A Mexican judge has refused to order an arrest warrant for former President Luis Echeverria on charges that he ordered a massacre of students in 1971.
Echeverria would have been the first president to face criminal charges
Mr Echeverria, 82, who ruled from 1970 to 1976, had faced the prospect of becoming the first Mexican president in modern times to face criminal charges.
But Judge Cesar Flores threw out prosecutors' claims that he and other officials were involved in "genocide".
Dozens of students are thought to have died in the attack in Mexico City.
It was a notorious chapter in the "dirty war" between government forces and leftist guerrillas that took place in the 1960s and 1970s.
Eduardo Maldonado, a spokesman for the office established to look into past crimes, told the Associated Press news agency that prosecutors were likely to appeal against the decision.
The arrest of Mr Echeverria and several other top officials in his government had been sought by Ignacio Carrillo, a prosecutor who spent two years investigating Mexico's dirty war.
It is not known exactly how many people died on 10 June 1971 at the hands of the Halcones (Falcons) - a paramilitary force allegedly created by the ruling Institutional Revolutionary Party (PRI).
But Mr Carillo put the number at "dozens" and deemed the case "genocide" under Mexican law. The judge was given 24 hours to decide whether arrest warrants should be issued.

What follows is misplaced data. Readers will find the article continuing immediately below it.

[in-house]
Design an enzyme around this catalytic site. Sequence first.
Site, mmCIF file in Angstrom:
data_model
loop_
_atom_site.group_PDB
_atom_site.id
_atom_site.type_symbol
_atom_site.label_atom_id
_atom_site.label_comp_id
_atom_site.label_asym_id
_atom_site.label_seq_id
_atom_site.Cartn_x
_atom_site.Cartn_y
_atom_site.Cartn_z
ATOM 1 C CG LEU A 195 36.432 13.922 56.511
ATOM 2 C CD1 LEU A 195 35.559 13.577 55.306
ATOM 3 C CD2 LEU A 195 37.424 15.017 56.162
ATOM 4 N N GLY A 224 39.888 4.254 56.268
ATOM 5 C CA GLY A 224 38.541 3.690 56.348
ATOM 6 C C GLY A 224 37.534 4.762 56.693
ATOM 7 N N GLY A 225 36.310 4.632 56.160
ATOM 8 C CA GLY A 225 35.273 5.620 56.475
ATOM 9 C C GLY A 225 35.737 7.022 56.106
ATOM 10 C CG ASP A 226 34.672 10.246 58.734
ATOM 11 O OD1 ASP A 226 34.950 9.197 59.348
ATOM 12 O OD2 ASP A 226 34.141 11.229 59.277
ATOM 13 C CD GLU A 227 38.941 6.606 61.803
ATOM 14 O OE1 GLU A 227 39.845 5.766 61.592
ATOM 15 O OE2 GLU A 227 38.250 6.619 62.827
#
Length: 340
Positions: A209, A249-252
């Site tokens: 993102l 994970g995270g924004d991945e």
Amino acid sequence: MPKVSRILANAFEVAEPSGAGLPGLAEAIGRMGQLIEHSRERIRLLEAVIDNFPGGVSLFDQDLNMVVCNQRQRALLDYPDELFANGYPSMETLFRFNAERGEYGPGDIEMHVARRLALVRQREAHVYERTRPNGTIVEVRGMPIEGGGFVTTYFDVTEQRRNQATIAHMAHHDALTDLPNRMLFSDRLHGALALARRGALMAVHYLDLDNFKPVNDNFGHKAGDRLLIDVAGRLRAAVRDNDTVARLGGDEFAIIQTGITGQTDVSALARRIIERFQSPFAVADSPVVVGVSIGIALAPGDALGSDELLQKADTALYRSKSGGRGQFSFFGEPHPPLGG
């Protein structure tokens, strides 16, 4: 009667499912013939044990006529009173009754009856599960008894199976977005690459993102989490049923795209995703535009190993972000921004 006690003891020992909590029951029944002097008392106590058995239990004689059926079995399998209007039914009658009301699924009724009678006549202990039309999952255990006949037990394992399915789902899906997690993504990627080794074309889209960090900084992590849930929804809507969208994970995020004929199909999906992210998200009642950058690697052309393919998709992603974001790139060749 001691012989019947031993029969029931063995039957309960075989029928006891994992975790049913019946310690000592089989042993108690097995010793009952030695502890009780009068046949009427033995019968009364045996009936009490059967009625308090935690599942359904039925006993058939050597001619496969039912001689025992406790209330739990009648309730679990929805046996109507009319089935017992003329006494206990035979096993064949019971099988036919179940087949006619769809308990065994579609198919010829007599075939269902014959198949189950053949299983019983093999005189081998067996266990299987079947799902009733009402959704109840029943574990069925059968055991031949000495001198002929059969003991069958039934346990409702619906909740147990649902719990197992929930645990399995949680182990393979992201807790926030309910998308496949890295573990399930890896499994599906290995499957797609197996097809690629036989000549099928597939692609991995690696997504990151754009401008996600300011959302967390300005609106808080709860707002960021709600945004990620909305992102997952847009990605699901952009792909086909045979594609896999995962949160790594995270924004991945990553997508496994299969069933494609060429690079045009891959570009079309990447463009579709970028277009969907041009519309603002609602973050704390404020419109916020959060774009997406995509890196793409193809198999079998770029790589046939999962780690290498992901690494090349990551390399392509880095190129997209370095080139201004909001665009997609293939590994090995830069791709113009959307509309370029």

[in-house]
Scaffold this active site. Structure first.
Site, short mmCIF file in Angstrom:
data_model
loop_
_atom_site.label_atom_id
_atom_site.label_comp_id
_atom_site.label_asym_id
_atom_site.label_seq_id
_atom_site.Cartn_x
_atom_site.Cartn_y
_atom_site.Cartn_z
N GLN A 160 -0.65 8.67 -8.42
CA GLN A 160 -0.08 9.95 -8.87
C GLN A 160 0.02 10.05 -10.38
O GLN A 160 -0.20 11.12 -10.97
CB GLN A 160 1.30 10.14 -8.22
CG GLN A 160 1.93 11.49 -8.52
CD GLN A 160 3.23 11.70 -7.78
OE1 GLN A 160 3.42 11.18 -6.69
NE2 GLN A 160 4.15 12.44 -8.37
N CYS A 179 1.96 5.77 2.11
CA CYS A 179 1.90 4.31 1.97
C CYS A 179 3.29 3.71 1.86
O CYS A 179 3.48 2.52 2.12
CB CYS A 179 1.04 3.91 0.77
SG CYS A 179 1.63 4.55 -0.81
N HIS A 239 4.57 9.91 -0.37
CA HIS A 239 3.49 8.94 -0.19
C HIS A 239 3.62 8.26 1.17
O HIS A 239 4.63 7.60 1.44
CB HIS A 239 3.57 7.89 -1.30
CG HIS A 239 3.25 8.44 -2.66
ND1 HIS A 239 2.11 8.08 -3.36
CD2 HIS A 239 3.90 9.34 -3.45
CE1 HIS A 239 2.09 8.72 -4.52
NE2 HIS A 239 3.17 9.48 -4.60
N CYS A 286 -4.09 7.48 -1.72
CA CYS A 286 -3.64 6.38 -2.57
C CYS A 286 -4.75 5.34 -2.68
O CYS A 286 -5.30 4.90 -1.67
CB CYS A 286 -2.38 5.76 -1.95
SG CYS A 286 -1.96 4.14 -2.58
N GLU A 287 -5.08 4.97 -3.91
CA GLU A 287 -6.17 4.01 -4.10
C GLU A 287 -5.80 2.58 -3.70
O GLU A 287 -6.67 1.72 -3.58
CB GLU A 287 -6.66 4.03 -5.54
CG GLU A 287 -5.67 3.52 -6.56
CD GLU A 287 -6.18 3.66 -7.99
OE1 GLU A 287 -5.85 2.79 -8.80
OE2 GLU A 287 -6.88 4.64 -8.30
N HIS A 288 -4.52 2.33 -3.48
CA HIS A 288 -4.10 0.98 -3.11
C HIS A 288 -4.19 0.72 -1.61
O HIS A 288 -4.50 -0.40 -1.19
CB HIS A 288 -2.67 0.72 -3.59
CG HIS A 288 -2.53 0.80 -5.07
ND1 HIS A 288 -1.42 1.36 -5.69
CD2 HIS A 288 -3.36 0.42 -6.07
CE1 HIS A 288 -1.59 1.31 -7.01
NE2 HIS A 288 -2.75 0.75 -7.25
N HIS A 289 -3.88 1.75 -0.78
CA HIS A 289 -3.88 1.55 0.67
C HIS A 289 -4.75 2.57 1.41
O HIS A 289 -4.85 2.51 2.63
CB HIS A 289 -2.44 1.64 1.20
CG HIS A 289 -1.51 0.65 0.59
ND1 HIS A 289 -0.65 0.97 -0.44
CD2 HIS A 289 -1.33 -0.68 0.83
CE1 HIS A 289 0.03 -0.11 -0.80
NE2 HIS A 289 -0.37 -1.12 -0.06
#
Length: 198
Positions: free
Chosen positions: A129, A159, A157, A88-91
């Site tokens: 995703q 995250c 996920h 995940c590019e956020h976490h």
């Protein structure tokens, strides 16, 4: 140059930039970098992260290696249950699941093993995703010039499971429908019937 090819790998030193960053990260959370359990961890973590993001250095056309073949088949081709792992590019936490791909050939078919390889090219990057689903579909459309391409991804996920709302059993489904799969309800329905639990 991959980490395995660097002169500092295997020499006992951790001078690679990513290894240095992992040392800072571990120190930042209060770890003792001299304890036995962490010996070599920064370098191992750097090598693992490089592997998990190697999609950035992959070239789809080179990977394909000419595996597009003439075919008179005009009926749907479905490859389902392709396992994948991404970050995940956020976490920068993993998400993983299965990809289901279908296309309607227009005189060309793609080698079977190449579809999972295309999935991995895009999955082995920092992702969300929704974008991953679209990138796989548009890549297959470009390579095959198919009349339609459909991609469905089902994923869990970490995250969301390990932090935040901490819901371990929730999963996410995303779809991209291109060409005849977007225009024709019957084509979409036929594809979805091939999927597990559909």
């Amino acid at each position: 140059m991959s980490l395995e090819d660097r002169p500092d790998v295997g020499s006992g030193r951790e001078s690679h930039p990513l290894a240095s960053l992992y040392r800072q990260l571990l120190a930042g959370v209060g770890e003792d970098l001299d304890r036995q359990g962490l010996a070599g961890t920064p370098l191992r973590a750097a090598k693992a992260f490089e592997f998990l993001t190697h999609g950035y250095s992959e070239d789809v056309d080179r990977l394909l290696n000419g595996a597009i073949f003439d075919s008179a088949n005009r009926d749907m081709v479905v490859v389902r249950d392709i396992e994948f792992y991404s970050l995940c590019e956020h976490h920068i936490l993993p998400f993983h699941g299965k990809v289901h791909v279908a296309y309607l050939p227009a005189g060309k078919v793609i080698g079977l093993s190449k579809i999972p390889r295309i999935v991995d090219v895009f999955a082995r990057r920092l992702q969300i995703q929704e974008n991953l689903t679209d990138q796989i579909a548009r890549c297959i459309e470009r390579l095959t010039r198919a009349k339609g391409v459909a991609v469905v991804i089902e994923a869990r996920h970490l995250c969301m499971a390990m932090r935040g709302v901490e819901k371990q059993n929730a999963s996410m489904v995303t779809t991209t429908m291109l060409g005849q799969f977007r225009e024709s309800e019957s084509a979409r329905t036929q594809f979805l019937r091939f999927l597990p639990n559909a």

The reasons for the judge's decision have not yet been released, but defence lawyers had argued that Mexico's statute of limitations meant the time limit to try the case had run out.
The BBC's Claire Marshall, in Mexico City, says the ruling will satisfy the PRI, who had been outraged at Mr Carillo's conclusions and had exerted considerable pressure on President Vicente Fox to drop the investigation.
However, she says, human rights groups are extremely disappointed.
The head of one organisation told the BBC: "This is a very unfortunate decision for the history of Mexico; the judge must have been very frightened."
But Santiago Corcuera, director of human rights studies at Iberoamericana University, told the BBC's Newshour programme that "there may be sufficient grounds for the prosecutor to challenge the judge's ruling".
He says Mexico is signatory to a convention stating that in cases of serious allegations the statute of limitations should not apply.